I'm planning on tiling our bathroom floor this summer. Floor is on 2nd floor, wood and linoleum. Do I need to put down anything before I tile and what do I do around toilet?
Great discussion, I use 1/4" Hardiebacker over linoleum as long as the new install isn't going to be higher than the existing flooring in the next room. I scuff up the linoleum first before using thinset, then Hardiebacker. My preference on screws is to use the ones specifically made for the Hardiebacker.
If I was to approach this issue, I would if the linoleum height was low enough and the floor strong enough, I would simply treat the linoleum as a vapor barrier, nail down wire mesh and put a thin mud floor down then tile. But realistically I would fear the underlying floor would not be strong enough so I normally tear everything out and rebuild. There are many methods that will work and last, but each is dependent upon the conditions we find ourselves in when doing the job.
If the subfloor needs to come out I rip "bays" out between the joists with a circular saw...then come back and pry up the strips of floor set on the joist tops...these smaller strips often come out as splinters...this is a more controlled demo over trying to get larger chunks out...its also easier on the back by not having to lift or pry large pieces.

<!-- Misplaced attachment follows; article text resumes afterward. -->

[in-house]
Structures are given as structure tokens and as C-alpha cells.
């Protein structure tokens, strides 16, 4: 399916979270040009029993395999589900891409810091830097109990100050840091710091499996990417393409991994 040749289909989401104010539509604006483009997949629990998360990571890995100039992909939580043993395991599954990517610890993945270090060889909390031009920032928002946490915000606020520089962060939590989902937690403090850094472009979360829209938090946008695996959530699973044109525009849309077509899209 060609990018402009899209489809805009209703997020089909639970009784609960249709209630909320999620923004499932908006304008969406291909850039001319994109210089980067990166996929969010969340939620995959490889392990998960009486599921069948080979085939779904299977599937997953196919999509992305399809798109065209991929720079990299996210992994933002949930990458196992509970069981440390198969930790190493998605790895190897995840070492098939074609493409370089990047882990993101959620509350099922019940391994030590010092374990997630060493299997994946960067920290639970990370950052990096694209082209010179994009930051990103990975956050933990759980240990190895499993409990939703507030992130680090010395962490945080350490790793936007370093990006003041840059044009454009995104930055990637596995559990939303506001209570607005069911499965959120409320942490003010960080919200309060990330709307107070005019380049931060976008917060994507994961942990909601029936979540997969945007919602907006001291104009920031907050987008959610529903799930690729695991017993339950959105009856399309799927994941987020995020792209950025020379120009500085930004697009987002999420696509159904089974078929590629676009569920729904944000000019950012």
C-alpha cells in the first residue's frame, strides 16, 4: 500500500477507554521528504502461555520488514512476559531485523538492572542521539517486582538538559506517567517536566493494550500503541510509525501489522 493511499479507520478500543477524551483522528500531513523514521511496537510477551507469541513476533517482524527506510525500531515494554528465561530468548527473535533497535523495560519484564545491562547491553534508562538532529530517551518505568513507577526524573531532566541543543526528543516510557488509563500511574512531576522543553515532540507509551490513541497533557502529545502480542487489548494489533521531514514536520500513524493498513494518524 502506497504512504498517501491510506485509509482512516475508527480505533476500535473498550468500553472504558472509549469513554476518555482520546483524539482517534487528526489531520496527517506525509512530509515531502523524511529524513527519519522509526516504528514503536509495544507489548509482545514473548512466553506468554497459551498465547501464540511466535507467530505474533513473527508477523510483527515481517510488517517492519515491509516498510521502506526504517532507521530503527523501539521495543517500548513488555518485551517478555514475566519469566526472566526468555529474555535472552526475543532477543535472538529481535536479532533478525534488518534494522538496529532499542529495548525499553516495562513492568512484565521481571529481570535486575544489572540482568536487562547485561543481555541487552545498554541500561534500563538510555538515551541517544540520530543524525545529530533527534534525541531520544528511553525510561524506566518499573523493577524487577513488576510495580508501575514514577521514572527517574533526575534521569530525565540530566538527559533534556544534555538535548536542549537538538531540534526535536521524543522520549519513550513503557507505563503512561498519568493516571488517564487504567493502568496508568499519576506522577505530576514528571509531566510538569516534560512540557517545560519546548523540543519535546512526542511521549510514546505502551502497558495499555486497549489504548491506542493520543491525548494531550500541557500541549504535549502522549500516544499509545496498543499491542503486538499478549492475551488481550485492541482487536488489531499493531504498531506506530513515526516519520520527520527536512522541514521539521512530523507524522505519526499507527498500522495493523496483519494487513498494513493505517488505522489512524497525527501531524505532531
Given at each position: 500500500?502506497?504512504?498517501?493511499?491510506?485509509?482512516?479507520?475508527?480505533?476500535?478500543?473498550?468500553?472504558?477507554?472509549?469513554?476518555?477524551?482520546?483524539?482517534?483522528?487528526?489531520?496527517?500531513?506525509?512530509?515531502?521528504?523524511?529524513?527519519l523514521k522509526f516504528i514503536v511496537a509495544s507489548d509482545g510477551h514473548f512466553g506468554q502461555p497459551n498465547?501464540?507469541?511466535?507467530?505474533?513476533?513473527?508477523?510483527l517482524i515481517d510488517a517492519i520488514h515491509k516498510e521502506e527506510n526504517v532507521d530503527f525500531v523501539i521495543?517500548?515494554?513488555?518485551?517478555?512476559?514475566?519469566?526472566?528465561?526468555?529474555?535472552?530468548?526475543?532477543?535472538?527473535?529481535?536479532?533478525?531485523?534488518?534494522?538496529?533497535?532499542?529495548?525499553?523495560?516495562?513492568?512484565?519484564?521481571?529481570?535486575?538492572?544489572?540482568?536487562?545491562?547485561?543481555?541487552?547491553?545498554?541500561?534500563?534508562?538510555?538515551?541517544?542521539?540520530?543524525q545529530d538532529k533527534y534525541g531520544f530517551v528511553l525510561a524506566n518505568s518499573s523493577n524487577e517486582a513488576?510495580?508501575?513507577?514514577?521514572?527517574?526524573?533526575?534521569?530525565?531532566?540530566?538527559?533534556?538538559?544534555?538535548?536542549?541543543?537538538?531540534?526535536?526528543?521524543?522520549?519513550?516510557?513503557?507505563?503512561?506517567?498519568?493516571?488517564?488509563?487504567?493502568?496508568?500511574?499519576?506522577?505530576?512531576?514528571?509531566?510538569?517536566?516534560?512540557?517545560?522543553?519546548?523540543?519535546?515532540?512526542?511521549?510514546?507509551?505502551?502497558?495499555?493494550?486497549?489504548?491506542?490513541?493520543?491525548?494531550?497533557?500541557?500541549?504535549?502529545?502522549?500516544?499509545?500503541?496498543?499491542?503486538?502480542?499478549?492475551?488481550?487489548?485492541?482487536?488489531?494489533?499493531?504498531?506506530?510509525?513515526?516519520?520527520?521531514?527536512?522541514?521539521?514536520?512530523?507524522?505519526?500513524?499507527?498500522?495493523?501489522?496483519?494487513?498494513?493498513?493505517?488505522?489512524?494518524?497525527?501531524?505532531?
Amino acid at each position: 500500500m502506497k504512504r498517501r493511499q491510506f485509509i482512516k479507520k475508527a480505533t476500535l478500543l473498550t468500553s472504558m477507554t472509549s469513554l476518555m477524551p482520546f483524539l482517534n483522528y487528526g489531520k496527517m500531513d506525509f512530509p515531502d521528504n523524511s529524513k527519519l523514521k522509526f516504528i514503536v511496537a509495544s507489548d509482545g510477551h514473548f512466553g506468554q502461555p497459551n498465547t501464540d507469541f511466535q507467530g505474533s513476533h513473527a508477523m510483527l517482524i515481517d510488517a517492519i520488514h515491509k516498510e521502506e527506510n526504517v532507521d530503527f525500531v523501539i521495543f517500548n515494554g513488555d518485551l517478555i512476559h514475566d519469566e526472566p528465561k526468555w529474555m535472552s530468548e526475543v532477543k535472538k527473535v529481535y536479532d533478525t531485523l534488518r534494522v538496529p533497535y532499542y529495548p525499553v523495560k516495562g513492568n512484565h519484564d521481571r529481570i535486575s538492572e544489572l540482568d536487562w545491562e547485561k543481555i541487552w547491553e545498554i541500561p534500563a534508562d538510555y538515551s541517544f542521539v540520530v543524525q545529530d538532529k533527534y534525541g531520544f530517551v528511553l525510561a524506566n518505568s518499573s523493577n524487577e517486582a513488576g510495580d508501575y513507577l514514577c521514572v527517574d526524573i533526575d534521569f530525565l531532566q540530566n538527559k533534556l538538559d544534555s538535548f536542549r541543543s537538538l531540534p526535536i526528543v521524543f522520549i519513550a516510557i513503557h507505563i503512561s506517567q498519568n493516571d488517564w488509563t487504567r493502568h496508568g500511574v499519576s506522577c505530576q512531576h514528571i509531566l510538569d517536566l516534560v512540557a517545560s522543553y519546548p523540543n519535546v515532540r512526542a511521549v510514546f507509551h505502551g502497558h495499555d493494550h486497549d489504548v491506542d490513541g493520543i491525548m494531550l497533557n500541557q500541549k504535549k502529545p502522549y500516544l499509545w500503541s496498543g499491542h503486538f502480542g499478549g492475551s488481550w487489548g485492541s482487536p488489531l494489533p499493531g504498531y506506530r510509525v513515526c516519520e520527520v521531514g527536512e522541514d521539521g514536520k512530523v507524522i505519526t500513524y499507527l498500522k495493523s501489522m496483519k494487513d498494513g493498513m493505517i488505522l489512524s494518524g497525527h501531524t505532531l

I never would recomend anything relaying to tile on linoleum scuffed or not, unless you use a fortified thinset but that's still risky. your better off taking it up then using a belt sander. unless the subfloor is plank flooring or is old and Past it's age you can usually go over it if it's ply or osb but with only more wood if it's a single layer then its most likely 3/4". If there is ever a hight issue for me anyway I usually use ditra or A/C ply. But your tile is only as good as the structure you put it on. It gets complex with staggering and grain deflection.
I just pulled some lino up the other day in a Kitchen tiling project...the sheet product was set on older 12 square. The sheet material separated leaving the cardboard like middle exposed...I thought I was going to have a bugger of a time getting that up...but lucky for me ( and the client) this was set over old VCT which was set with the old black tar type adhesive...this was dry and failed....a 4" drywall tapping knife lifted the old VCT's with the 1/2 layer of the sheet product on top...I had the whole kitchen stripping in about 20 minutes....This remodel is in a 3 rd floor condo that has a concrete slab...the tile I set is now looking sweet and bomb proof.